Tuesday, April 12, 2016

Jeff Grubb's Genius Subplot Rule

Your keynote speaker

Ok, one thing that gets discussed in most superhero game books but is chronically hard to actually wedge into a game is subplots.

Modules generally have villains and scenarios laid out, but the part of the comic where not only does the Flash have to stop the Meteor Men from eating Atlantis but has to rent a tuxedo for his cousin Alf's wedding is not usually written into the game and it's hard to design since--unlike a villain--it has to be individualized to the character and it isn't necessarily easy to play it out since the player doesn't have a clear goal--which can leave the other players going "Ok, how long are you pretending to talk to your landlord before we can go back to the game?"

On the other hand, without these, you lose a dimension of the game--even in a tactical sense. The Kingpin's awesome plan in Born Again wouldn't work if Daredevil didn't have a connection to Karen, Foggy, Ben, et al.

Jeff Grubb solved this problem. Here's how:
That thing in the red box belongs in the Museum of Genius Simple Mechanics right next to Call of Cthulhu's rules for acting insane ("Here are some names of insanities--now act insane until the duration ends").

Making a commitment gets you karma--which is a spendable experience point thing you can use to beat people up or not die or whatever. If you fail your commitment you lose it.

That's it. That's the whole mechanic and it works like a charm. Players invent subplots for themselves and interact with unsuper NPCs all the time.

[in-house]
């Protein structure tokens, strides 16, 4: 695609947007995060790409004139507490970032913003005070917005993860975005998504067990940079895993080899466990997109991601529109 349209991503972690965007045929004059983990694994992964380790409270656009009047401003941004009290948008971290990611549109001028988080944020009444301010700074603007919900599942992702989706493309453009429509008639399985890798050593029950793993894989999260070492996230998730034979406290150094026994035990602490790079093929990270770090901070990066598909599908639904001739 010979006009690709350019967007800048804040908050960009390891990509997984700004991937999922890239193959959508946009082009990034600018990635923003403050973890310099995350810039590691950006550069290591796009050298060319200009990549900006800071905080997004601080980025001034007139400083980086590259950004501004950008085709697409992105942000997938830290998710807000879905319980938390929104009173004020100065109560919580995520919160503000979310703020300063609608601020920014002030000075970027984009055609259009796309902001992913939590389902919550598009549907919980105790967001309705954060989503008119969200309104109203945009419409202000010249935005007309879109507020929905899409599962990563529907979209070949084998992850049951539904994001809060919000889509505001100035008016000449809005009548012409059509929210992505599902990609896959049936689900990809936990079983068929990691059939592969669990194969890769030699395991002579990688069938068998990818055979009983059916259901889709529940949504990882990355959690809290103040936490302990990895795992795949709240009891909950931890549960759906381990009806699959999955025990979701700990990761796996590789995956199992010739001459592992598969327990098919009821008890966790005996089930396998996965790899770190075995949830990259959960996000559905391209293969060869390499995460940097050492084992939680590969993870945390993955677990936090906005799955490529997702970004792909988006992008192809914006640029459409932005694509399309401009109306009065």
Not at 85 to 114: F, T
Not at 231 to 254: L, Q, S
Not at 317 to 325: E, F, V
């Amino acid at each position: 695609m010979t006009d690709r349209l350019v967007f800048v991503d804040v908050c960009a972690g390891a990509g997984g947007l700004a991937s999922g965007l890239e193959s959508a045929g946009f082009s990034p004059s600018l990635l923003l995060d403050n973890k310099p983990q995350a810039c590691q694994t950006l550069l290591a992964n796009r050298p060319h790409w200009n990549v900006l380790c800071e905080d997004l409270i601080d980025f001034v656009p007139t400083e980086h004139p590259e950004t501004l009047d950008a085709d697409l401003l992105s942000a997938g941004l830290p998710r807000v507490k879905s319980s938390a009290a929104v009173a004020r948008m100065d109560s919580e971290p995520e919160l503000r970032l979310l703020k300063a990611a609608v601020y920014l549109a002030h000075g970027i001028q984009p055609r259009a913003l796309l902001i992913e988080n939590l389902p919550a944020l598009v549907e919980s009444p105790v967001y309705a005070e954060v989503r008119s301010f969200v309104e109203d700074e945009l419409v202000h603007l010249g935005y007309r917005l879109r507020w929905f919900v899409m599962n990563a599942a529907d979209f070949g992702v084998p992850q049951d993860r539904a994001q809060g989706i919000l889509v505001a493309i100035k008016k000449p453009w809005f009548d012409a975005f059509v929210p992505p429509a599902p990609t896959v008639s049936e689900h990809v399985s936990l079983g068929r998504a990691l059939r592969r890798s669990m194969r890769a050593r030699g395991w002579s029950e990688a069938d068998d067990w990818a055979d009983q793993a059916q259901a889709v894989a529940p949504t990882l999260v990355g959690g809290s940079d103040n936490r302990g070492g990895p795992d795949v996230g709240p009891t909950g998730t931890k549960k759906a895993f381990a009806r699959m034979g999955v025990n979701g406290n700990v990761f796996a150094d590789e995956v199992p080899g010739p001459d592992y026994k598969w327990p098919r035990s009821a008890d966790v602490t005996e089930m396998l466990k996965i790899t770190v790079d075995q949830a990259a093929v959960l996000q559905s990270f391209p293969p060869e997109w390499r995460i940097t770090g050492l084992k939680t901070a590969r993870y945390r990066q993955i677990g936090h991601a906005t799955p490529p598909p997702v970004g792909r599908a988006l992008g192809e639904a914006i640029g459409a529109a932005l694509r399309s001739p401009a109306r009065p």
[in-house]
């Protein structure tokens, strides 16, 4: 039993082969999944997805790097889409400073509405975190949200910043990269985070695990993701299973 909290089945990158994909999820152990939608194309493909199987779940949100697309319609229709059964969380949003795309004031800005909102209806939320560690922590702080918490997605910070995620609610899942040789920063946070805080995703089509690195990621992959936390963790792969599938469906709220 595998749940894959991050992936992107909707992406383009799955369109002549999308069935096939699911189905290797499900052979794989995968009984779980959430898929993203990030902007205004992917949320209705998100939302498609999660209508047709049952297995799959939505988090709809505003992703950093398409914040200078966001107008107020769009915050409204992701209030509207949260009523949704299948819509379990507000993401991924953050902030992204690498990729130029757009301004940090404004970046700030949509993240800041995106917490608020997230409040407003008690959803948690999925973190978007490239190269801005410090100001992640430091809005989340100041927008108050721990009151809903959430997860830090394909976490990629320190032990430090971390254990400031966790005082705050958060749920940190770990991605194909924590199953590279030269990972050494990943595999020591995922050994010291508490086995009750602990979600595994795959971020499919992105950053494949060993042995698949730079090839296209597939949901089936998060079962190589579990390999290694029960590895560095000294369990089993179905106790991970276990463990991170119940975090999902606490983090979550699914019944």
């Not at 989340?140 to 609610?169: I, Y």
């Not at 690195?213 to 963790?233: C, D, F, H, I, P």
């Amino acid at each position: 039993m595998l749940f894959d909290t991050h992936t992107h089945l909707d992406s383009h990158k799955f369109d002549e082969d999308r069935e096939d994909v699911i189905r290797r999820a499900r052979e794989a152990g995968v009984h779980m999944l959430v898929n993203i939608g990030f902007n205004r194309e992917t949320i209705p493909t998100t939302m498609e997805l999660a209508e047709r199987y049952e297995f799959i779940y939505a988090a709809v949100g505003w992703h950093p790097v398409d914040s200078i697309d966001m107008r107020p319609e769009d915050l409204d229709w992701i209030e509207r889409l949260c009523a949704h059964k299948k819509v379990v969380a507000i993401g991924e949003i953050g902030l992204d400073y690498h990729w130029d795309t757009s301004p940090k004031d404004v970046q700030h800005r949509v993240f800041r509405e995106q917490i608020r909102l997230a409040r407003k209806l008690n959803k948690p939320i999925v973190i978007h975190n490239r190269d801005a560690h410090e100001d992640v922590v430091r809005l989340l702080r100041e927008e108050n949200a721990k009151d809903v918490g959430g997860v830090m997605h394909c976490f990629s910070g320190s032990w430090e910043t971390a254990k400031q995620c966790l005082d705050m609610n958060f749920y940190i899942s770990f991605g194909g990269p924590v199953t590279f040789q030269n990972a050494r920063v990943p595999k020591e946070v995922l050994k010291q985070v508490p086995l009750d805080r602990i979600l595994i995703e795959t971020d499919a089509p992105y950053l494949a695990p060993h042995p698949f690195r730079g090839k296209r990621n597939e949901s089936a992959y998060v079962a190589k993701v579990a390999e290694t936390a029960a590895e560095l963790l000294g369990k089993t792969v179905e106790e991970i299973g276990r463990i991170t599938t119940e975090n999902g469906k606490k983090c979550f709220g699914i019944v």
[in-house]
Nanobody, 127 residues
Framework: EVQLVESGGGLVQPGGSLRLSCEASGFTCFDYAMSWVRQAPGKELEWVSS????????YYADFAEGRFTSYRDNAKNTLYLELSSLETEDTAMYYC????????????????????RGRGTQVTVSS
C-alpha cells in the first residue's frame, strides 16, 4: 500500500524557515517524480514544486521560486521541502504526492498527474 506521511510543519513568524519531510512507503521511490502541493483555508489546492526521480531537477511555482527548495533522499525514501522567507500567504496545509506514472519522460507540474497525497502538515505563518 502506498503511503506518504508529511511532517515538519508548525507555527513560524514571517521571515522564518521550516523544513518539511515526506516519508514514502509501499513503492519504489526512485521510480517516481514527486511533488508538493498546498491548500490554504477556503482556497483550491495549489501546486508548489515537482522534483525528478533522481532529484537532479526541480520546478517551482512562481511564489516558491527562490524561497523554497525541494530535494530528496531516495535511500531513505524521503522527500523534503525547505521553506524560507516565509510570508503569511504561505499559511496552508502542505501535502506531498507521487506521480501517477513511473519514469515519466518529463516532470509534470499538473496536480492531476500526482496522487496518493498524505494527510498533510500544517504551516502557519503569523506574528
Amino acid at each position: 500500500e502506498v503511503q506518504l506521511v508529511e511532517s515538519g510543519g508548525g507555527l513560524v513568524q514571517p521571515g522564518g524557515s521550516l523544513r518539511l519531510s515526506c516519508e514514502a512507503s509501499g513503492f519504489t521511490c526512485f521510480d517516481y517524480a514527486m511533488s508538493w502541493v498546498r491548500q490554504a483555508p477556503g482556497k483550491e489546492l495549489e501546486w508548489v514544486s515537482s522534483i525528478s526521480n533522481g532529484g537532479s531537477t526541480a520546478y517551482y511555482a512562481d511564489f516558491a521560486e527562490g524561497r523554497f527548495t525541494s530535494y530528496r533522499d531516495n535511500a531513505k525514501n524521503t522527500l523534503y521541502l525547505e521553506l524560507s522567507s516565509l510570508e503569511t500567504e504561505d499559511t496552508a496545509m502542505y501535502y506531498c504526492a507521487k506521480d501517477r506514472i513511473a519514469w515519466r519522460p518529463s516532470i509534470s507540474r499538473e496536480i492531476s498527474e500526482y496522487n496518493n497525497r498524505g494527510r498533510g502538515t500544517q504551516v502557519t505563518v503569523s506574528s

The genius of it is: it's the only Karma award a player can just get without doing anything hard. So the player is not only incentivized to build out his/her PC's private world, it's the only thing on the table they can be sure they'll be rewarded for--no risk, no waiting for villains to attack, etc. the PC doesn't even have to leave the house to make a commitment.

Example--the players are hunting for Nazi science jerk Arnim Zola:
"Ok I'm a chemist would I know Arnim Zola?"
"Funny you should mention that he spoke at your school a few months ago."
"Can I talk to whoever coordinates the visiting lectures?"
"Sure it's a fellow student" (idk, that's how it worked in art school)
"Ok, I'll call them"
"'Hello, Gwen Stacy speaking?'"
"'Uh...hi Gwen'"
"'Oh it's you--omg, giggle...'"
"Oh god I don't want to go out with her I know she's gonna die"
"There's karma in it..."
"Fuck, ok..."

And then Sleepless the paranoid numbercrunching social leper goes on a date with Gwen Stacy while everyone else is watching the Vault for boats full of supersedatives and I get to attack the movie theater with Ani-Men. And then Sleepless has to pretend to spill popcorn on Gwen so that he can get away to the lobby and fight them. Classic.

Incidentally, this belies the old saw that a game is 'about' what most of its rules are about--this 8-word rule creates immensely complicated situations.

I feel like other games could use a mechanic like this--not every genre, but any one where you want a semi-static social constellation (as opposed to exploration or fast-pitched thriller pacing) to be a part of the game. Like RIFTS+ this mechanic basically gives you Apoc World on the cheap.

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